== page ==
With 3DX, Dassault Systèmes has ambitions to deliver just the type of Product Innovation Platform that can become a foundation for the MBE concept. They aren’t there yet, but the vision of what it can become is clearly pointing in this direction. Boeing intends to consolidate its program set with 3DX, which means that in the long run all other solutions will be phased out to focus exclusively on Dassault Systèmes’ 3DX applications.

No doubt a daring move, so what is the problem?

“Currently we’re a bit encumbered with the customizations that we’ve put in place, and we’re also encumbered with the proprietary data standards that are used inside those systems. So today, for us to incorporate new technology and capabilities becomes a very hard integration activity,” explained Boeing’s Brian Chiesi in today’s TV report.

This means it takes a lot of time and effort to make sure that the integration happens in a way that doesn’t break the existing system. Chiesi added, “Format compatibility is key. Today we integrate point-to-point across the applications, and a lot of times we have to translate that data, so it can be consumed in between. Again, this is causing a lot of friction of the data movement through the system.”

BOEING IS BUILDING A COMMON FRAMEWORK. “The business architecture really consists of a framework of capability management,” said Kenny Swope, Boeing’s senior manager of Business Capability Integration. Swope continued, “What I mean by that is that for each part of the business there’s a set of processes, business information and business roles that perform the task or the deliverable of that particular capability. We look at that as a package, and what we’re doing at Boeing is building a common framework across the enterprise with that capability configuration, if you will. And our business architecture is standardizing the different views of that set of capabilities.”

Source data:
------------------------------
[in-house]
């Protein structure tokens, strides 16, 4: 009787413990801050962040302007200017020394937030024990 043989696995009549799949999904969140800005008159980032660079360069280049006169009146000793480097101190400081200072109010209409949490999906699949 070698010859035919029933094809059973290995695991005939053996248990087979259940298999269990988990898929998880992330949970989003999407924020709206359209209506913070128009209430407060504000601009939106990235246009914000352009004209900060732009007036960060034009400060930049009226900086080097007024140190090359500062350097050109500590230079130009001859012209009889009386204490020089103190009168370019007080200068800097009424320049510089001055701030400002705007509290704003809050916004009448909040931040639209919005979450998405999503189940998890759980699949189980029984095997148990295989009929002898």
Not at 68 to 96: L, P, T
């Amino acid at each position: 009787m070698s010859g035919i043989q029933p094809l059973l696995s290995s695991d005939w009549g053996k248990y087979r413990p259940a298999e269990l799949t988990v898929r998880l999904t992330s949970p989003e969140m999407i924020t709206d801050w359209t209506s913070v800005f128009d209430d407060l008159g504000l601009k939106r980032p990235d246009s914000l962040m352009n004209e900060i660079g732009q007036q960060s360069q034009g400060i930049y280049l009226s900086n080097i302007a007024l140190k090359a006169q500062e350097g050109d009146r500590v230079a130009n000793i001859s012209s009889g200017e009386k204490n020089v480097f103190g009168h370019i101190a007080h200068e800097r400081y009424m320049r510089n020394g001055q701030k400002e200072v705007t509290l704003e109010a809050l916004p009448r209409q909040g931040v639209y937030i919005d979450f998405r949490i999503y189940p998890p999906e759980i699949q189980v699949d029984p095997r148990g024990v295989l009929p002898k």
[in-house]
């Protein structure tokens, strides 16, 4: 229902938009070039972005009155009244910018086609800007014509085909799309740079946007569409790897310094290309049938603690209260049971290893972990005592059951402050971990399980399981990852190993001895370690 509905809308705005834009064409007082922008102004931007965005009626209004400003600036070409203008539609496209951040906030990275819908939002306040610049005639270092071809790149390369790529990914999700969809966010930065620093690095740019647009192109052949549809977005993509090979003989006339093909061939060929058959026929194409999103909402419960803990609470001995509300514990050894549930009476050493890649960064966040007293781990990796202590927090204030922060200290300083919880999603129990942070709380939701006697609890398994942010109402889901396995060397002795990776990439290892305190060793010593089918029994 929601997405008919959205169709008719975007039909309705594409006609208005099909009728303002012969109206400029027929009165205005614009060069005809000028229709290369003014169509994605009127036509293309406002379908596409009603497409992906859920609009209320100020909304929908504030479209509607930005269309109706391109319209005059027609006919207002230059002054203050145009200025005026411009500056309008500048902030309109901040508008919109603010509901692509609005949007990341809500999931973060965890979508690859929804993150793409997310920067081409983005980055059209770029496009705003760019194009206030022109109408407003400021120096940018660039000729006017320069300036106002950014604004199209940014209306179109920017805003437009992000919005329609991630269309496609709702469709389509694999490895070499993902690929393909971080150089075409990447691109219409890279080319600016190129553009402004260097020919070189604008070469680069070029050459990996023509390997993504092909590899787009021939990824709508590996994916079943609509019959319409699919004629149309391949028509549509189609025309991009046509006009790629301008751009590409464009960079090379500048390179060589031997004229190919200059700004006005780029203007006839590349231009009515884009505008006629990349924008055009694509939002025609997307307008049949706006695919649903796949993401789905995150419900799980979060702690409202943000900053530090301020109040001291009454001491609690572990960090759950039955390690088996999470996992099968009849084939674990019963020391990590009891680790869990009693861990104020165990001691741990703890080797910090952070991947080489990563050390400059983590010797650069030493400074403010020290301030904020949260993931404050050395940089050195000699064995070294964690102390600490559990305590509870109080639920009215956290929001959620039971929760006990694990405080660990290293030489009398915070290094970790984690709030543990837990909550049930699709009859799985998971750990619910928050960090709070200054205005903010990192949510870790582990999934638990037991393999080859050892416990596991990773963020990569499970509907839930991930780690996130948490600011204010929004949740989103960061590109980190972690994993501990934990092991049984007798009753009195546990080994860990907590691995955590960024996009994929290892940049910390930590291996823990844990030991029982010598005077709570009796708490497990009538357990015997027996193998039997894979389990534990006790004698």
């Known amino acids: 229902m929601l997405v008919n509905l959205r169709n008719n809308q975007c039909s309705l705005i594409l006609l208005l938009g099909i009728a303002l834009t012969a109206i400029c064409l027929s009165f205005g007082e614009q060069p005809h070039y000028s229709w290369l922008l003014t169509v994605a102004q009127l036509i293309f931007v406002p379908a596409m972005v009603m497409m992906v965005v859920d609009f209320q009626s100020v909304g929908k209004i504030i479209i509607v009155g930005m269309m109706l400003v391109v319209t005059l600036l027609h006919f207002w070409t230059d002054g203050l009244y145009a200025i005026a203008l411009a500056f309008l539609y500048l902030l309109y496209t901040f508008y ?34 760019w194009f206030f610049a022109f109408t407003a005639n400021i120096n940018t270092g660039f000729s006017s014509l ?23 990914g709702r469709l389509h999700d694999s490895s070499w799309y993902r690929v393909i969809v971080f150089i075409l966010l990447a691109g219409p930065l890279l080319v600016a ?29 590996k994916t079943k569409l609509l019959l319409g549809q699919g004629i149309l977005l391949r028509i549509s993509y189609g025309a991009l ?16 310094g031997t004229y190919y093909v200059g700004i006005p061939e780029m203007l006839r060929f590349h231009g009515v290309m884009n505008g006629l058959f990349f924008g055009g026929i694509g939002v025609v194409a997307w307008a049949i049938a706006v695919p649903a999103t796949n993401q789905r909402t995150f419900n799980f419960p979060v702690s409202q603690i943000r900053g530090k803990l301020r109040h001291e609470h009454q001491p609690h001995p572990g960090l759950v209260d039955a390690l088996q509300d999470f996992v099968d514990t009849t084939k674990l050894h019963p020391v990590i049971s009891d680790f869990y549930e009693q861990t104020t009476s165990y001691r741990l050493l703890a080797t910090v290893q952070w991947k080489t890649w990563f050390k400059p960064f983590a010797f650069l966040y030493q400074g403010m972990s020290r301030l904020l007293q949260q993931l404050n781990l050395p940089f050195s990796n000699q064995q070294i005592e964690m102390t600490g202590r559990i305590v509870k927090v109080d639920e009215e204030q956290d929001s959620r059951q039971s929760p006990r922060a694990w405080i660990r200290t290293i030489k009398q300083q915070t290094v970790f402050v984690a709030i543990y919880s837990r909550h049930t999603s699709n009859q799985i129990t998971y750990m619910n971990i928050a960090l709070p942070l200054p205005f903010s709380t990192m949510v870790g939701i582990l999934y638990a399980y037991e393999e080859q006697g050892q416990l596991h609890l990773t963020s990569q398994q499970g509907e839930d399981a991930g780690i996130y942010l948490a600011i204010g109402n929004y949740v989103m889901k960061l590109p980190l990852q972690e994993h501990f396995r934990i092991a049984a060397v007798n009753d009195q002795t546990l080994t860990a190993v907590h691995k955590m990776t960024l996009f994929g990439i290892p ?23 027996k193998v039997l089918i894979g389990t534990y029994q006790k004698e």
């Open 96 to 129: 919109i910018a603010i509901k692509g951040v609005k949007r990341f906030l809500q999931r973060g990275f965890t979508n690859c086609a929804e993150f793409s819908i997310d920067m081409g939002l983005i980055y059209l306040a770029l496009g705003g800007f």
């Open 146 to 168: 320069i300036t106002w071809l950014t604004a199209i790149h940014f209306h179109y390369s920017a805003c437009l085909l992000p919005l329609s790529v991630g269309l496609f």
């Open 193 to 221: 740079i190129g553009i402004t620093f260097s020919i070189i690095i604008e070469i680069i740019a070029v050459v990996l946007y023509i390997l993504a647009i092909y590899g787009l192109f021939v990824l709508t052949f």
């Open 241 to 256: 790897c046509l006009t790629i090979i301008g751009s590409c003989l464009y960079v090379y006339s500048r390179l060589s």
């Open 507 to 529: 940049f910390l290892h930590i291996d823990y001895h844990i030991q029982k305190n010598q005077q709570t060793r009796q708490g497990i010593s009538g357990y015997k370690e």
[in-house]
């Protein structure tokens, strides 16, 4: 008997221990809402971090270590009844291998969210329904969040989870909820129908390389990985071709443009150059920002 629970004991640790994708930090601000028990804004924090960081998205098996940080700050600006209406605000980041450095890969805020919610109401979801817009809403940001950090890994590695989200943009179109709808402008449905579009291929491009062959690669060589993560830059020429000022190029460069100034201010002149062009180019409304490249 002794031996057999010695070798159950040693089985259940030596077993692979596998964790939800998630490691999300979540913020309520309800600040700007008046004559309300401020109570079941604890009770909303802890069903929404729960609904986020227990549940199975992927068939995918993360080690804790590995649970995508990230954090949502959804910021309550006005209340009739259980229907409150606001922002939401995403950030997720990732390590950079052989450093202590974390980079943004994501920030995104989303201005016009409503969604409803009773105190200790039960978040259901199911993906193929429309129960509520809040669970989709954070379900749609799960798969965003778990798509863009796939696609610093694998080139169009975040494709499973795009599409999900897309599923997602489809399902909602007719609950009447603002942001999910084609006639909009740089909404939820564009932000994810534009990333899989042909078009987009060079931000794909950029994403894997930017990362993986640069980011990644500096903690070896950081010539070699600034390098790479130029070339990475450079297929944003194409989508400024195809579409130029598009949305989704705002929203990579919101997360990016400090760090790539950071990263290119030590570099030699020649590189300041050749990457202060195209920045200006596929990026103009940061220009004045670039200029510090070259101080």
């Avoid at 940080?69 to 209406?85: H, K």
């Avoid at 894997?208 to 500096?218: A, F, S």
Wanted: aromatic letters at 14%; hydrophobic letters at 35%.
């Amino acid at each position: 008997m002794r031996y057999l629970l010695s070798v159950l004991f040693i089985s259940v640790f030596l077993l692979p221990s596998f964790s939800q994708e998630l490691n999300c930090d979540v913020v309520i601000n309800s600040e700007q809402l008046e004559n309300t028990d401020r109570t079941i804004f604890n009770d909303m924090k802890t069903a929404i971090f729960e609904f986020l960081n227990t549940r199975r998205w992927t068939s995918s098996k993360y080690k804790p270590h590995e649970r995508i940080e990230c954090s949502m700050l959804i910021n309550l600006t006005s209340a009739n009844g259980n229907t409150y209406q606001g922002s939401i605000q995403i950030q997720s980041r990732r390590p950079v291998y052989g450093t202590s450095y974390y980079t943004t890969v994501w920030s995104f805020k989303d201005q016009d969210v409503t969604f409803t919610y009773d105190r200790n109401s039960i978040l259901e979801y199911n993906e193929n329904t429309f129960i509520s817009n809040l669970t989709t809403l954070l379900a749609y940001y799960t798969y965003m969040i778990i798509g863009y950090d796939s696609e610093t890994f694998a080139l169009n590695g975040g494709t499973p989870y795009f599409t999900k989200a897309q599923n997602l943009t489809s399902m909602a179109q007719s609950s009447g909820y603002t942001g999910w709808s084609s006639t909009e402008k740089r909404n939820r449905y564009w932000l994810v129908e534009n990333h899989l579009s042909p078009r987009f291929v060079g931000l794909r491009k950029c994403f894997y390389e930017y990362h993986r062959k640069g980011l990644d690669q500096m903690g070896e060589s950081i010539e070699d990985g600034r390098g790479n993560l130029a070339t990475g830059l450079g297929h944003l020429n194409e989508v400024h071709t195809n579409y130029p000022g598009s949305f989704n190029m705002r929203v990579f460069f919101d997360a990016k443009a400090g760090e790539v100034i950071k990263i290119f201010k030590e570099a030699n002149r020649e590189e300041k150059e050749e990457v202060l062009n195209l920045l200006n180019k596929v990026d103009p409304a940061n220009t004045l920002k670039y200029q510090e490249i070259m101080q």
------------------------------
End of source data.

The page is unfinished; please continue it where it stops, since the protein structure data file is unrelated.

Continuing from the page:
BOEING IS BUILDING A COMMON FRAMEWORK. “The business architecture really consists of a framework of capability management,” said Kenny Swope, Boeing’s senior manager of Business Capability Integration. Swope continued, “What I mean by that is that for each part of the business there’s a set of processes, business information and business roles that perform the task or the deliverable of that particular capability. We look at that as a package, and what we’re doing at Boeing is building a common framework across the enterprise with that capability configuration, if you will. And our business architecture is standardizing the different views of that set of capabilities.”

Tough Job to Integrate Across Boeing’s Three Divisions

This is a huge project. Kenny Swope, senior manager of Business Capability Integration at Boeing, said that it is a tough job to integrate solutions across the company’s three divisions.

“But we’ve got an excellent team that does that today. Probably the biggest challenge is our terminology and our culture. Ensuring that we have seamless flow of data across our enterprise and the supply chain requires a very deep technical understanding of the technology and the terminology that we use,” Swope said. 

We asked Swope about the business architecture. He explained that, “the business architecture really consists of a framework of capability management. And what I mean by that is that, for each part of the business, there’s a set of processes, business information and business roles that perform the task or the deliverable of that particular capability. We look at that as a package, and what we’re doing at Boeing is building a common framework across the enterprise with that capability configuration, if you will. And our business architecture is standardizing the different views of that set of capabilities.”

We are left with a few questions:

  • Can the lifecycle model-based enterprise become a reality?
  • What are the obstacles?
  • Simulations are important parts of the digital twin concept, but what are the hazards?
  • Why is the digital thread a crucial factor?
  • What can the model-based enterprise concept do for Boeing?

To get the answers of these questions and other MBE issues – check out the TV report above.